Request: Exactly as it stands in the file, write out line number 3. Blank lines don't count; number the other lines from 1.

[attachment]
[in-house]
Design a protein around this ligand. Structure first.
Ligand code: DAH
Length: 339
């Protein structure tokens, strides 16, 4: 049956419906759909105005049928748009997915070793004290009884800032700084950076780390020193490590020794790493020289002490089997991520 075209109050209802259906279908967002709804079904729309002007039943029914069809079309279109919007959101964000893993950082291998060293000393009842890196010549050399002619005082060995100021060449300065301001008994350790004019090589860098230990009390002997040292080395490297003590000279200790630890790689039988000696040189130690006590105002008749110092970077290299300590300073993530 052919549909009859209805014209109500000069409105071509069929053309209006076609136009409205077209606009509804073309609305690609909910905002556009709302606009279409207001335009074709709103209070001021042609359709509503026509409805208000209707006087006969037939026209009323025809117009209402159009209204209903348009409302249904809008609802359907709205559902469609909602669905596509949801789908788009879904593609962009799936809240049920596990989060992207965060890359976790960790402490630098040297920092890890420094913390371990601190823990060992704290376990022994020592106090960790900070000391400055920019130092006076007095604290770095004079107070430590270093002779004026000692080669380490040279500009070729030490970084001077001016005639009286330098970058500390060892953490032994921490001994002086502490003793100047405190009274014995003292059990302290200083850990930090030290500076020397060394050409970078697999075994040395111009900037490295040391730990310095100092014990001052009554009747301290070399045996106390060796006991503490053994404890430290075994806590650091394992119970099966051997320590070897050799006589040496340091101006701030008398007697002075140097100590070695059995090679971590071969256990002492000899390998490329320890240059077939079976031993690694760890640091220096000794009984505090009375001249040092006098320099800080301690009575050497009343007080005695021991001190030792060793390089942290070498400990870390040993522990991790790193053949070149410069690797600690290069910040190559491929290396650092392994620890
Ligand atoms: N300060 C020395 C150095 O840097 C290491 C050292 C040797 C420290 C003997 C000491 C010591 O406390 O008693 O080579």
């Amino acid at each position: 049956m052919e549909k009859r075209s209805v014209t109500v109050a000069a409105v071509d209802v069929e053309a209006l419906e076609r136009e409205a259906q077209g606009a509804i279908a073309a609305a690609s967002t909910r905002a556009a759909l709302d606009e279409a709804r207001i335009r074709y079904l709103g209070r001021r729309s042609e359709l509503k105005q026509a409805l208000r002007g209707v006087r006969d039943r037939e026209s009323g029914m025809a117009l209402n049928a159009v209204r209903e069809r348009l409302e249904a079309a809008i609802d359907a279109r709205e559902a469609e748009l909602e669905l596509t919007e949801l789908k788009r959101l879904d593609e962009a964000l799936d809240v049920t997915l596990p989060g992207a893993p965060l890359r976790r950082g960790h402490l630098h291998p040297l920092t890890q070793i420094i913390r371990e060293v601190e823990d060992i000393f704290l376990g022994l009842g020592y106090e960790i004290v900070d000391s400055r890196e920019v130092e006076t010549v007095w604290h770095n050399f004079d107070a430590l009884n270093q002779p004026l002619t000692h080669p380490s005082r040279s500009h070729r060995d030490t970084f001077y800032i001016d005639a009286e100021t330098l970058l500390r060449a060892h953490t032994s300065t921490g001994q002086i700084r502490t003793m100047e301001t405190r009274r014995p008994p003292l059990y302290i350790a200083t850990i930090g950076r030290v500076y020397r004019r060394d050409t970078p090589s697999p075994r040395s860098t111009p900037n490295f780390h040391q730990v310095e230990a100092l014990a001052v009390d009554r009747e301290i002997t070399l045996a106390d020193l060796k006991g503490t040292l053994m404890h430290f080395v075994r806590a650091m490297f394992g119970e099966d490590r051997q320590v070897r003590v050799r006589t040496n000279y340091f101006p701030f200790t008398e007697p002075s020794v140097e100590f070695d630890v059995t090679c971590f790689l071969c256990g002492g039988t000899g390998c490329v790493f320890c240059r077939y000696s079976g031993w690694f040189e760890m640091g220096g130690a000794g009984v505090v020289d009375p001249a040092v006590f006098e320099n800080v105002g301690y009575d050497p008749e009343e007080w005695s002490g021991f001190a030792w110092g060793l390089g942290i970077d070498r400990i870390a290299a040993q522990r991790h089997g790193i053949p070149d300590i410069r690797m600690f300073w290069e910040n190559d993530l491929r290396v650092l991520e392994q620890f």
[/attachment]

Ligand code: DAH